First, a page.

[2]  Subsection E will likely appear only in the annotated version of the compiled statutes, since the bill which added subsection B to this section was signed into law at a later date. It is still considered by the Attorney General’s Office to be part of the law.

CITY OF ALBUQUERQUE RECORDS CUSTODIANS

 

it is a public right to be able to know about, and review, public records held by, or created at public expense by, government

The City of Albuquerque claims to be compliant with the New Mexico Inspection of Public Records Act (IPRA). However, there are complaints.

Generally speaking there are hundreds, if not thousands, of public records requests that are made, and seamlessly fullfilled, every weekday by citizens and City employees. Most requests are oral. In many cases copies of information are provided for free, or in some cases electronic links to on-line information is provided. In some cases a 50¢ charge is made for documents photo-copied. Large documents, color copies, audio CD’s, and other less common forms of public records may involve larger fees.

There is never a fee for the simple review of a public record, only for a reproduction or a copy.

Problems occur when a government is not transparent; when documents asked for are not available. In such a case a formal, ie written, records request is made. Any records request can be made by note, by regular letter, or by email; the only rule is that it be written, and that it reasonably conforms to the rules. The rules (law) regarding such requests are contained in the New Mexico Inspection of Public Records Act (IPRA).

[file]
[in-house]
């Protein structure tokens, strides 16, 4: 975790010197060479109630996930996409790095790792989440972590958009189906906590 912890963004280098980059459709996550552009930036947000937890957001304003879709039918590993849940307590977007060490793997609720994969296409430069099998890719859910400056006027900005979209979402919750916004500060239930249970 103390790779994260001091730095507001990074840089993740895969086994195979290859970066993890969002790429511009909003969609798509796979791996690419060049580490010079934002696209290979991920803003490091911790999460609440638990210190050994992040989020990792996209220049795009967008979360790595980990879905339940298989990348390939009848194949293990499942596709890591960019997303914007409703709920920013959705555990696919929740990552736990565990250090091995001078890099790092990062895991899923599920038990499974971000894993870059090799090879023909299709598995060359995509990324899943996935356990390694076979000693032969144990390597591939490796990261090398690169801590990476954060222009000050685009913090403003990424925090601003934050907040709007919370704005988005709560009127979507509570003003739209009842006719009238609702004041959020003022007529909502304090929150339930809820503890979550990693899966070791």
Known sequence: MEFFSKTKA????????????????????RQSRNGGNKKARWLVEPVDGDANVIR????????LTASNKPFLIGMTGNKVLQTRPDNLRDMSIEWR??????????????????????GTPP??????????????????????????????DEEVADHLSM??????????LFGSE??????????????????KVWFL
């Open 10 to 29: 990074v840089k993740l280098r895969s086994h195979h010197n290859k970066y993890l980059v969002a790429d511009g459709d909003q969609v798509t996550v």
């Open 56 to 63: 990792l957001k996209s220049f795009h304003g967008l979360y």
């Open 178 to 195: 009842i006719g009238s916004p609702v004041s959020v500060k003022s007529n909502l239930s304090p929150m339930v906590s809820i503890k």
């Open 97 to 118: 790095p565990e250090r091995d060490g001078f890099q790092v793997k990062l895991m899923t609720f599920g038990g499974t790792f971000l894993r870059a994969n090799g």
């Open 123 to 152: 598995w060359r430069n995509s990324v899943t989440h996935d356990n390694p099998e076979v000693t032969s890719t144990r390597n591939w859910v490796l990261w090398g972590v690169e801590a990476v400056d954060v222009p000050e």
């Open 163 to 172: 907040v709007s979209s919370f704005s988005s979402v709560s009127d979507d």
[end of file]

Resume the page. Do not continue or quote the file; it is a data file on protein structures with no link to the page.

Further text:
The current, undated, and obviously out of date, City of Albuquerque NOTICE OF RIGHT TO INSPECT PUBLIC RECORDS document is HERE. The City consistently refuses to post capturable image versions of their important documents. Such non-image documents, if found, should always be printed out, and manually dated, so that you have a properly dated record.

In the case of the City of Albuquerque the primary Custodian of Records is the City Clerk (or Acting City Clerk).

  • Her name is Natalie Howard, MPA. Her email address is: nhoward@cabq.gov

The City of Albuquerque Chief Records Custodian is Kathleen Oney. Her job is also to, “Ensure that all departmental records custodians are within compliance of the Inspection of Public Records Act.”